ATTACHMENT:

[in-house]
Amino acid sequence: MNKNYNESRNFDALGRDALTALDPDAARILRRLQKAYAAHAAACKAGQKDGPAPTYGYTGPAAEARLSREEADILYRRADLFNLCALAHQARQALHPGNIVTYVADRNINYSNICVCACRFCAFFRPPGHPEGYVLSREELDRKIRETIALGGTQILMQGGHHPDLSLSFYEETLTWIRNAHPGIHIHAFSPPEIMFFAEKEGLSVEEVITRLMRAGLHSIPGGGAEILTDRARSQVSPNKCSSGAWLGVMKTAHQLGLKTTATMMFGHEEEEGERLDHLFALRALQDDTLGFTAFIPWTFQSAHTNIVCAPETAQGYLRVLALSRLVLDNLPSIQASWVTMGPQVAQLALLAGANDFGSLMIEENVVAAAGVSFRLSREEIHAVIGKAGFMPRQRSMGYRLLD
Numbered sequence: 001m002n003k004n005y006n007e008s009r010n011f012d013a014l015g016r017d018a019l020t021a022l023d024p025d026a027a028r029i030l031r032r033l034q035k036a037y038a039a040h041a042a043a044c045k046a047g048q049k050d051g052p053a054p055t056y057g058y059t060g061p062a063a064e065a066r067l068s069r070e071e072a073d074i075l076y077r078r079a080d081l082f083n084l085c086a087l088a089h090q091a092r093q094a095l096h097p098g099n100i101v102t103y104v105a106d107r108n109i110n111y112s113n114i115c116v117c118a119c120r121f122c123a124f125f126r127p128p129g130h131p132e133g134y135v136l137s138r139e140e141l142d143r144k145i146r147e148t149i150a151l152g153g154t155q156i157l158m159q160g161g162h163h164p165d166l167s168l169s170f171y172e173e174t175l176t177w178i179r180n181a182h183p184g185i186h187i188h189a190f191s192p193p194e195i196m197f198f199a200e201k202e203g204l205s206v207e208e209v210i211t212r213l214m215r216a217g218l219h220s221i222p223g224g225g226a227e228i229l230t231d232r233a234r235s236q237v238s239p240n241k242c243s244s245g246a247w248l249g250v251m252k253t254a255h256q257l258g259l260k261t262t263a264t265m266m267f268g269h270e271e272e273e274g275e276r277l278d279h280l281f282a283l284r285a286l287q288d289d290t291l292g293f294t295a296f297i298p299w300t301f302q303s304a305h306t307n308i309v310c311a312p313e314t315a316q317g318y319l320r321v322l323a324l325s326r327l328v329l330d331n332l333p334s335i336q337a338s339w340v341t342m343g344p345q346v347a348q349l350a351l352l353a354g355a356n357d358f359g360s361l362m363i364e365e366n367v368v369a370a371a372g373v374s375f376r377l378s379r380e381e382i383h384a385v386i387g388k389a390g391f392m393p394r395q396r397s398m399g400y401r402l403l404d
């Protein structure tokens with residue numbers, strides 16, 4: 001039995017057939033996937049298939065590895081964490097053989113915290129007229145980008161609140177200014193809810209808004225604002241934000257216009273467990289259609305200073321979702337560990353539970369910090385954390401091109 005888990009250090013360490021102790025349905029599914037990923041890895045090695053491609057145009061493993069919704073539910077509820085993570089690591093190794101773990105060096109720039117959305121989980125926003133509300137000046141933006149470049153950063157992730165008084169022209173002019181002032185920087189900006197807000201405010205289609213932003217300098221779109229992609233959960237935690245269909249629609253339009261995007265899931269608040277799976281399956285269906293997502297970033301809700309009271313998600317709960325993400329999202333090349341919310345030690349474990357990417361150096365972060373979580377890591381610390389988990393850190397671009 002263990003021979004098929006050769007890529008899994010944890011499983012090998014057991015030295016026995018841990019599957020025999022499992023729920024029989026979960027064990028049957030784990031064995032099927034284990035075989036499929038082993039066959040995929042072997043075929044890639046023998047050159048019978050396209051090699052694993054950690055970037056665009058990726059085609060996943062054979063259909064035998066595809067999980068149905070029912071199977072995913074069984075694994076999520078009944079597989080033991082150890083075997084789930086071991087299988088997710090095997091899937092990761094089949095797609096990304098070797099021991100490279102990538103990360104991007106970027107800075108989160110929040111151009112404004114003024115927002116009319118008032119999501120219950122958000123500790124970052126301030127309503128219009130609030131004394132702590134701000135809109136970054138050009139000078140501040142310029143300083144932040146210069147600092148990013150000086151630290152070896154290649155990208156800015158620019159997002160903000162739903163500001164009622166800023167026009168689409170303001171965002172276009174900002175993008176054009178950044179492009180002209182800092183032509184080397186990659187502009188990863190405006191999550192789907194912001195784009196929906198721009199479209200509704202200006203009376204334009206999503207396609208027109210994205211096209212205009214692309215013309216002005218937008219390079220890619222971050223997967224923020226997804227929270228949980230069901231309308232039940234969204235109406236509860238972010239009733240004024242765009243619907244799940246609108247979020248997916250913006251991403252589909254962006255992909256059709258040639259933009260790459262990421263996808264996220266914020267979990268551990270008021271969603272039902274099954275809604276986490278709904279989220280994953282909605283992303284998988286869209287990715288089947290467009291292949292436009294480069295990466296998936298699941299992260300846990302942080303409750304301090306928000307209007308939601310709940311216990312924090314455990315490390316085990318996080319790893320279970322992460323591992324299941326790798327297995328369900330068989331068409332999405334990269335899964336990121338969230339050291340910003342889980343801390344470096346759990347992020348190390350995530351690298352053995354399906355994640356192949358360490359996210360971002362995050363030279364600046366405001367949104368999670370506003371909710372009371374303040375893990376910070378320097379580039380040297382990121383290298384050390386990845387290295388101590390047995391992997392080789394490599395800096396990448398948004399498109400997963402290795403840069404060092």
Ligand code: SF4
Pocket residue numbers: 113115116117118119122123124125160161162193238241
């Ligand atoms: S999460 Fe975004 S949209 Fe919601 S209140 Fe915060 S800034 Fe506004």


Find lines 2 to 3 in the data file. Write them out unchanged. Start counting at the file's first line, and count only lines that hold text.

Amino acid sequence: MNKNYNESRNFDALGRDALTALDPDAARILRRLQKAYAAHAAACKAGQKDGPAPTYGYTGPAAEARLSREEADILYRRADLFNLCALAHQARQALHPGNIVTYVADRNINYSNICVCACRFCAFFRPPGHPEGYVLSREELDRKIRETIALGGTQILMQGGHHPDLSLSFYEETLTWIRNAHPGIHIHAFSPPEIMFFAEKEGLSVEEVITRLMRAGLHSIPGGGAEILTDRARSQVSPNKCSSGAWLGVMKTAHQLGLKTTATMMFGHEEEEGERLDHLFALRALQDDTLGFTAFIPWTFQSAHTNIVCAPETAQGYLRVLALSRLVLDNLPSIQASWVTMGPQVAQLALLAGANDFGSLMIEENVVAAAGVSFRLSREEIHAVIGKAGFMPRQRSMGYRLLD
Numbered sequence: 001m002n003k004n005y006n007e008s009r010n011f012d013a014l015g016r017d018a019l020t021a022l023d024p025d026a027a028r029i030l031r032r033l034q035k036a037y038a039a040h041a042a043a044c045k046a047g048q049k050d051g052p053a054p055t056y057g058y059t060g061p062a063a064e065a066r067l068s069r070e071e072a073d074i075l076y077r078r079a080d081l082f083n084l085c086a087l088a089h090q091a092r093q094a095l096h097p098g099n100i101v102t103y104v105a106d107r108n109i110n111y112s113n114i115c116v117c118a119c120r121f122c123a124f125f126r127p128p129g130h131p132e133g134y135v136l137s138r139e140e141l142d143r144k145i146r147e148t149i150a151l152g153g154t155q156i157l158m159q160g161g162h163h164p165d166l167s168l169s170f171y172e173e174t175l176t177w178i179r180n181a182h183p184g185i186h187i188h189a190f191s192p193p194e195i196m197f198f199a200e201k202e203g204l205s206v207e208e209v210i211t212r213l214m215r216a217g218l219h220s221i222p223g224g225g226a227e228i229l230t231d232r233a234r235s236q237v238s239p240n241k242c243s244s245g246a247w248l249g250v251m252k253t254a255h256q257l258g259l260k261t262t263a264t265m266m267f268g269h270e271e272e273e274g275e276r277l278d279h280l281f282a283l284r285a286l287q288d289d290t291l292g293f294t295a296f297i298p299w300t301f302q303s304a305h306t307n308i309v310c311a312p313e314t315a316q317g318y319l320r321v322l323a324l325s326r327l328v329l330d331n332l333p334s335i336q337a338s339w340v341t342m343g344p345q346v347a348q349l350a351l352l353a354g355a356n357d358f359g360s361l362m363i364e365e366n367v368v369a370a371a372g373v374s375f376r377l378s379r380e381e382i383h384a385v386i387g388k389a390g391f392m393p394r395q396r397s398m399g400y401r402l403l404d